Treasury Department could upsize airline coronavirus loans as Delta, Southwest opt out, freeing up funds

A member of a ground crew walks past American Airlines planes parked at the gate during the coronavirus disease (COVID-19) outbreak at Ronald Reagan National Airport in Washington, U.S., April 5, 2020. Joshua Roberts | Reuters The Treasury Department on Tuesday said airlines could receive larger federal loans than previously […]

A member of a ground crew walks past American Airlines planes parked at the gate during the coronavirus disease (COVID-19) outbreak at Ronald Reagan National Airport in Washington, U.S., April 5, 2020.

Joshua Roberts | Reuters

The Treasury Department on Tuesday said airlines could receive larger federal loans than previously expected after some carriers opted out, freeing up more funds in the program.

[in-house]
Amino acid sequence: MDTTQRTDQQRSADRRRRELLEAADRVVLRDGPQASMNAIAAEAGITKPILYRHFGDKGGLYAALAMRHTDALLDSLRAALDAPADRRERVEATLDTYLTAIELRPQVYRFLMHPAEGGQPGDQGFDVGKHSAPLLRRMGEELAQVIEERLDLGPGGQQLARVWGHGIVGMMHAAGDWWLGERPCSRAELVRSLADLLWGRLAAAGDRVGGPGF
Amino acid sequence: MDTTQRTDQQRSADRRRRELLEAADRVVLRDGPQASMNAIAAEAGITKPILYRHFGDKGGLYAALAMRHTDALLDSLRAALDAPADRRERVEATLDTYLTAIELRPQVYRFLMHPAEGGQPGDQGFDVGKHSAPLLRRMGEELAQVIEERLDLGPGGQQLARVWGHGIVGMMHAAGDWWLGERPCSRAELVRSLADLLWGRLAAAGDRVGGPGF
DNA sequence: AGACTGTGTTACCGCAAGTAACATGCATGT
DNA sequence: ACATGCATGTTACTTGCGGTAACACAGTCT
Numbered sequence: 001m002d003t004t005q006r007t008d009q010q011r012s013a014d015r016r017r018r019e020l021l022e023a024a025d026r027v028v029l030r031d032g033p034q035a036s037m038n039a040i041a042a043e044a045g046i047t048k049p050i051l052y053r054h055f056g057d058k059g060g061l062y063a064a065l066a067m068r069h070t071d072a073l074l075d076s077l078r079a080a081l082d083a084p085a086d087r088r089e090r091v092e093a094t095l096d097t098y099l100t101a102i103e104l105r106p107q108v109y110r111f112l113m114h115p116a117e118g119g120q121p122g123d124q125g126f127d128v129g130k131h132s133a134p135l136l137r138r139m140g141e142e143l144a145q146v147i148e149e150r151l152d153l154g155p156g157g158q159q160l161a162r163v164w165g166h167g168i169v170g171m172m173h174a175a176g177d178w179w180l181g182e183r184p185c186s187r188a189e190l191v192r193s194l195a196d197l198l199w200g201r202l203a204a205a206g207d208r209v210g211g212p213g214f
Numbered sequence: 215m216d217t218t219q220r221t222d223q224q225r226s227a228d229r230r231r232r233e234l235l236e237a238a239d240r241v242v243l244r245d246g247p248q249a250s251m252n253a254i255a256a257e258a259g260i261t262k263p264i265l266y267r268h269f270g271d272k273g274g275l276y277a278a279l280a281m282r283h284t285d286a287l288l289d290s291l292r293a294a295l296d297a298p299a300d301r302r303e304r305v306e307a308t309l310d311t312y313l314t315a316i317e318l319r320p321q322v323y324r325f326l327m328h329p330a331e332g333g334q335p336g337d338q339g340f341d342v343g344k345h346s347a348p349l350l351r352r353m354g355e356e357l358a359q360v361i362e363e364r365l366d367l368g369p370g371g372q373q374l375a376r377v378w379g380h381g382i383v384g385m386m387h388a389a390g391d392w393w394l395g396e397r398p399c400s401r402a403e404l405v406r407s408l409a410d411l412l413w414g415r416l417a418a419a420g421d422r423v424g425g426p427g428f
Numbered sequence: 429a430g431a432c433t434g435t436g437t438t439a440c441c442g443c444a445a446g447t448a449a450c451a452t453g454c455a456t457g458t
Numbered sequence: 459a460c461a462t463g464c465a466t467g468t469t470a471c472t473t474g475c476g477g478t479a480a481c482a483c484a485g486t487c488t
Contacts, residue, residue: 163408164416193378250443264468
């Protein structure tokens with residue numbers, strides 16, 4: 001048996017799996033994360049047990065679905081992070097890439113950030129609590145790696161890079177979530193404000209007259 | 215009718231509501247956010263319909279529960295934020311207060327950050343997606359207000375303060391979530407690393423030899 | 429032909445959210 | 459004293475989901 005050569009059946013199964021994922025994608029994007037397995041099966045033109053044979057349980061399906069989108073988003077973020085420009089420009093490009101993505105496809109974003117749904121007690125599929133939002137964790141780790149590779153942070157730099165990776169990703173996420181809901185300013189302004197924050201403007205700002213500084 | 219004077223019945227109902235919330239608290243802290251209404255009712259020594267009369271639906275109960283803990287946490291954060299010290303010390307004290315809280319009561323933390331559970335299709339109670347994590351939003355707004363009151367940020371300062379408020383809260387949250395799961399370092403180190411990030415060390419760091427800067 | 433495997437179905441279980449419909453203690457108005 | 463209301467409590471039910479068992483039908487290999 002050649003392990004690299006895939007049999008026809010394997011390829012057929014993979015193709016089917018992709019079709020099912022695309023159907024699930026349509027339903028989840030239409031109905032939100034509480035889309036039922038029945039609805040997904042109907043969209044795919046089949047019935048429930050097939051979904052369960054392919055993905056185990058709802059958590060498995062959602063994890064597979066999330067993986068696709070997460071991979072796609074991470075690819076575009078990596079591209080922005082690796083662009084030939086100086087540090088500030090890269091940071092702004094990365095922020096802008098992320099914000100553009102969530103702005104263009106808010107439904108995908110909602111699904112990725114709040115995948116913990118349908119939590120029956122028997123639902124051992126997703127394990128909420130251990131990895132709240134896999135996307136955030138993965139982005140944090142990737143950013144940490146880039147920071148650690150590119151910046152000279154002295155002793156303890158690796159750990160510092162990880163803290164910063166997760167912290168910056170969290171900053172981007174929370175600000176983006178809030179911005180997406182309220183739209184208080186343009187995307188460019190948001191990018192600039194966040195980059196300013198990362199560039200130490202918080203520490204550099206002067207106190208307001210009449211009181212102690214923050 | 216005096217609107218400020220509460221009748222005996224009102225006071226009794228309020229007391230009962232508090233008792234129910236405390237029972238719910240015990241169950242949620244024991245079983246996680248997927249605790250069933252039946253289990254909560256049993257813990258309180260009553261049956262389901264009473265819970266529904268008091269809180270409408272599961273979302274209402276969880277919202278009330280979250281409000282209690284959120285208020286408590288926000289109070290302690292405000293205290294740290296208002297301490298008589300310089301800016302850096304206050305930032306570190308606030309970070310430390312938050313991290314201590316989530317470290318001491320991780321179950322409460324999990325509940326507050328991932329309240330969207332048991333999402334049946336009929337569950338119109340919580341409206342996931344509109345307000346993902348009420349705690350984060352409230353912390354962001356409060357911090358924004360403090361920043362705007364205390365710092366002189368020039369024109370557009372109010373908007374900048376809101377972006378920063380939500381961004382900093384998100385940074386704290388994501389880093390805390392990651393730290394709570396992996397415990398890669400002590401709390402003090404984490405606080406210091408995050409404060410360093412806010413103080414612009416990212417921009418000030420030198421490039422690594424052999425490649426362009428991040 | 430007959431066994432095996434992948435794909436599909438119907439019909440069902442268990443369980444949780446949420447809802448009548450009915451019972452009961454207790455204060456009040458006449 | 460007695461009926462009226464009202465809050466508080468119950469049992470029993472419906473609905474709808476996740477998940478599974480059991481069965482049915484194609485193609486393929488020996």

Congress in March approved $25 billion in federal loans for U.S. passenger airlines to help them weather the coronavirus pandemic, which has kept air travel demand at roughly 30% of last year’s levels.

Despite preliminary agreements, Southwest Airlines and Delta Air Lines have said they ultimately don’t plan to pursue the loans, thanks to other sources of financing. Delta, for example, earlier this month said it was able to upsize a debt sale backed by its SkyMiles frequent flyer program to $9 billion from the $6.5 billion it planned.

Airlines have until Wednesday to decide whether to take the federal loans.

Seven airlines —  Alaska, American, Frontier, JetBlue, Hawaiian, SkyWest and United are planning to take the loans, the Treasury Department said.

American last week said it secured $5.5 billion from the program, more than the $4.75 billion it had expected to receive. The Fort Worth-based carrier said it expects it will have up to $7.5 billion available, the maximum amount for a single carrier.

U.S. passenger airlines also received portions of $25 billion in payroll support, mostly grants, from the government. Those funds prohibit carriers from cutting jobs until Oct. 1, but in just hours, the airlines, mostly American and United, plan to cut more than 30,000 jobs.

Airlines and their labor unions are urging Congress for an additional $25 billion that would preserve sector jobs through March 31.

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